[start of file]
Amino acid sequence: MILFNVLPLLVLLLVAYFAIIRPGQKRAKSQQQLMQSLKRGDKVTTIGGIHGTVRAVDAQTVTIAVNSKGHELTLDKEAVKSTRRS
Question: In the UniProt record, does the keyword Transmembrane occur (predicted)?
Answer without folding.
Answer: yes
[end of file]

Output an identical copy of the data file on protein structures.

Amino acid sequence: MILFNVLPLLVLLLVAYFAIIRPGQKRAKSQQQLMQSLKRGDKVTTIGGIHGTVRAVDAQTVTIAVNSKGHELTLDKEAVKSTRRS
Question: In the UniProt record, does the keyword Transmembrane occur (predicted)?
Answer without folding.
Answer: yes